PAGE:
Boost Your Social Studies Vocab

In a recent eBoard post, History Prep is Life Prep, we discussed the value of building an educational foundation in social studies. From politics, to economic and cultural topics, having a background in history will empower you to actively engage in historical literature and current events. Now more than ever, it’s important to stay informed.

The problem is, many students get frustrated when they encounter unfamiliar words or phrases while studying history. Boosting your social studies vocabulary will help alleviate this stress. By gaining a general knowledge of terms and topics, you’ll be better equipped to understand and critically think through social studies passages. This is a plus in both testing and your general education as a citizen.

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What the Turtle Can Teach

At some point, most of us have heard the old story of the tortoise and the hare. As the story goes, these two very different and uniquely gifted animals set off on a race. The hare, or the rabbit, full of confidence and speed, is the expected winner. But as the story unfolds, we discover the determination of the tortoise, or turtle, results in him becoming the ultimate champion. It’s where we get the phrase, “slow and steady wins the race.” There are several things we can learn from our old friend, the turtle in this classic story of a race well won.

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No Periodic Table Required

When it comes to the Science section of the high school equivalency exam, GED, HiSET, and TASC testers are not expected to be the next Albert Einstein! No one will be asked to recite the periodic table of elements or rattle off a confusing series of formulas and solutions. Instead, students will be asked to read through a series of science-based passages and answer questions. This involves the basics of reading and reasoning as well as a general understanding of scientific concepts.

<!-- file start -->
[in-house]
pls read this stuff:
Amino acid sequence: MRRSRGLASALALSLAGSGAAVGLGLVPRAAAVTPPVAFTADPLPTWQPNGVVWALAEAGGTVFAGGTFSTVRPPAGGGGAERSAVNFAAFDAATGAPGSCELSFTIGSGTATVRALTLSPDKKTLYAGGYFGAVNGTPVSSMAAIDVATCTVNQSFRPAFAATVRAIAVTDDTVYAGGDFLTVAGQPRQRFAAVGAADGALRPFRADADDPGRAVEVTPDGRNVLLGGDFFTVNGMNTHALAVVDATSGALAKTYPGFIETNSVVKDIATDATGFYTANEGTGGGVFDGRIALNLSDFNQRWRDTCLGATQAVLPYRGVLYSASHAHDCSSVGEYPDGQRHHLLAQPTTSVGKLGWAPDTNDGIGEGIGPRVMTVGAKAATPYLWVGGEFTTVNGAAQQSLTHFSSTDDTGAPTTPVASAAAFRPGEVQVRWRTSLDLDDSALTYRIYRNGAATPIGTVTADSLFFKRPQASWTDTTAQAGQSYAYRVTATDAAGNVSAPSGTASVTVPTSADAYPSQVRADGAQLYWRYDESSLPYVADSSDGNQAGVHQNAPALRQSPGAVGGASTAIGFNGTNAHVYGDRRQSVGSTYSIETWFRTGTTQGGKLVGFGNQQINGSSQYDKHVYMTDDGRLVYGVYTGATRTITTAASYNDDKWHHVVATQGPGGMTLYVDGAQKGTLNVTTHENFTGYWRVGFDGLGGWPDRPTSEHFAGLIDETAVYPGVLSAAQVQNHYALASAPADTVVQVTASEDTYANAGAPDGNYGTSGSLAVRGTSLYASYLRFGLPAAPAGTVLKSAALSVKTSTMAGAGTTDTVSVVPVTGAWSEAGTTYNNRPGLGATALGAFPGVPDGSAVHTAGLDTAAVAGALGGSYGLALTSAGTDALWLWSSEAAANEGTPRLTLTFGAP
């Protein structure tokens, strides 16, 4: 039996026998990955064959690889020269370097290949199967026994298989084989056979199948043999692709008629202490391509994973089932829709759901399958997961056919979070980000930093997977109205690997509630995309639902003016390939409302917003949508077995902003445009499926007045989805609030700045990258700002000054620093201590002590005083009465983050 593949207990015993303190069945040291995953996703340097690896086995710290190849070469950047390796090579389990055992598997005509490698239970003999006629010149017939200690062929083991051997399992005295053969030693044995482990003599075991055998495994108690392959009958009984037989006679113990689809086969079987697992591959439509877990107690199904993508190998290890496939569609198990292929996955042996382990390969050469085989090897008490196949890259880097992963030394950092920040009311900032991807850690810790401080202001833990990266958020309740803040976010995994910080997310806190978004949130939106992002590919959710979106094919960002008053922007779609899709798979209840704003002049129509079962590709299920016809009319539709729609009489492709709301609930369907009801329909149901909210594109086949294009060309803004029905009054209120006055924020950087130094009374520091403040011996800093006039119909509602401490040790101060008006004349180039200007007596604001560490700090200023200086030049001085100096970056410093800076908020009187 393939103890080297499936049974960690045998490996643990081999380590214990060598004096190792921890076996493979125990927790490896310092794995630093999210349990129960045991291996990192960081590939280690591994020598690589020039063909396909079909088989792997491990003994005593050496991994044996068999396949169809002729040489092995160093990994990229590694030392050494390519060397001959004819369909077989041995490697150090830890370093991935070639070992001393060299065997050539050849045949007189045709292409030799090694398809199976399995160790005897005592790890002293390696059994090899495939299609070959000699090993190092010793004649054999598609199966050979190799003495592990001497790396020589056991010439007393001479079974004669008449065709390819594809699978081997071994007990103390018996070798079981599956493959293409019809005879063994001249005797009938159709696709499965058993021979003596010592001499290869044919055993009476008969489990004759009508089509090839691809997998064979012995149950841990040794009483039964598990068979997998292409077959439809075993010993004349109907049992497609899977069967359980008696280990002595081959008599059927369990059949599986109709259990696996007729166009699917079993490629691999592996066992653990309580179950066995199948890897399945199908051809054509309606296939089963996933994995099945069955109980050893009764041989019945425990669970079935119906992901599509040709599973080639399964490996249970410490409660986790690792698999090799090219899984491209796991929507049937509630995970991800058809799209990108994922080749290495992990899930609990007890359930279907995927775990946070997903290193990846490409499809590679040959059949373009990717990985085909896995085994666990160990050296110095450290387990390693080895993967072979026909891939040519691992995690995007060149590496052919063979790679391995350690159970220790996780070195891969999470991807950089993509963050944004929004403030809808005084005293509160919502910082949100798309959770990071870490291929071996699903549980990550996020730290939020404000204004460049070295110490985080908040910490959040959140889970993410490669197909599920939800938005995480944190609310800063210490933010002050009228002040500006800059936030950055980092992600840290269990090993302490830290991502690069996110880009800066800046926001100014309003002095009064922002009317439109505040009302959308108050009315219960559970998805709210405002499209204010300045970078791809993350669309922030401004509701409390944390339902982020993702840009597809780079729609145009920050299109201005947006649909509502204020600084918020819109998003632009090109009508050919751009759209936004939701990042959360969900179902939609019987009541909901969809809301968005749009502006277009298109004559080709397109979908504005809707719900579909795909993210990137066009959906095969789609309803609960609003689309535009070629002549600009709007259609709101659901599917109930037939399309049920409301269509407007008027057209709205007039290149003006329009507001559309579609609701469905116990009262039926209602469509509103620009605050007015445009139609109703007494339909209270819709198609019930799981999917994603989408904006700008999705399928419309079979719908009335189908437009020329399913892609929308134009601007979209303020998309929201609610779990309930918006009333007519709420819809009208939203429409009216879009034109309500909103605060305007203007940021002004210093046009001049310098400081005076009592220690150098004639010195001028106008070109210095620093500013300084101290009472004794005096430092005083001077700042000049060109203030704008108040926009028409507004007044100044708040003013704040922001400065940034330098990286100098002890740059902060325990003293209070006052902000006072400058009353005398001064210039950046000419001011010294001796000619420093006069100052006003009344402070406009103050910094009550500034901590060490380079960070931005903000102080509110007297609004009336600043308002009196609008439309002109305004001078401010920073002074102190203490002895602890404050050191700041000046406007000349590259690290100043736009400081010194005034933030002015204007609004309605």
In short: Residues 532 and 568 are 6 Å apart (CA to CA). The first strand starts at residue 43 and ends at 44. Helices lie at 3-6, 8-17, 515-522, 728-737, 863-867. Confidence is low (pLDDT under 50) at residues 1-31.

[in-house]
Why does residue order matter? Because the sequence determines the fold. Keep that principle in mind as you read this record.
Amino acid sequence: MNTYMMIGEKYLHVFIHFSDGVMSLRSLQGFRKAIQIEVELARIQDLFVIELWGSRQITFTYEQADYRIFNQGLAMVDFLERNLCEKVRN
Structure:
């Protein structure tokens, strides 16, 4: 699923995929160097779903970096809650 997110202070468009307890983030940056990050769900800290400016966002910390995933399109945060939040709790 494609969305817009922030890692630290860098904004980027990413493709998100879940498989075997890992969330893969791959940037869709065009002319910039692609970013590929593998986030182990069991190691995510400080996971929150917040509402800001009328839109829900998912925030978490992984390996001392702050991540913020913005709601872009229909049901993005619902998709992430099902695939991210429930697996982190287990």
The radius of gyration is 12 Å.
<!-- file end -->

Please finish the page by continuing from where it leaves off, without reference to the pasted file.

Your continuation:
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Study Plans that Work

Raise your hand if you’ve ever had a teacher push a stack of books toward you and say, “Here. Go study.” If that’s you, you are not alone!

This “go figure it out” approach to study stops many students dead in their tracks. It’s not that they aren’t willing to put in the effort, it’s simply that no one ever taught them how to study. Just like any other subject, study is a skill, and it CAN be taught. Here are five helpful tips to building an effective study plan.

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Back to Basics

Grab a handful of t-shirts, sweatshirts, and a good pair of jeans. Add in some comfy joggers, and in these days of social distancing, you’ve got yourself a wardrobe! In the fashion world, these common pieces of clothing are often referred to as basics. This is because they are considered foundational items upon which you can build your own personal sense of style.

Oddly enough, education has a series of basics too. If you are studying for your high school equivalency (HSE) exam, you know them well. Reading, writing, math, science, and social studies are widely cited as the basics of a solid education. But there is an even deeper basic testers need to understand.

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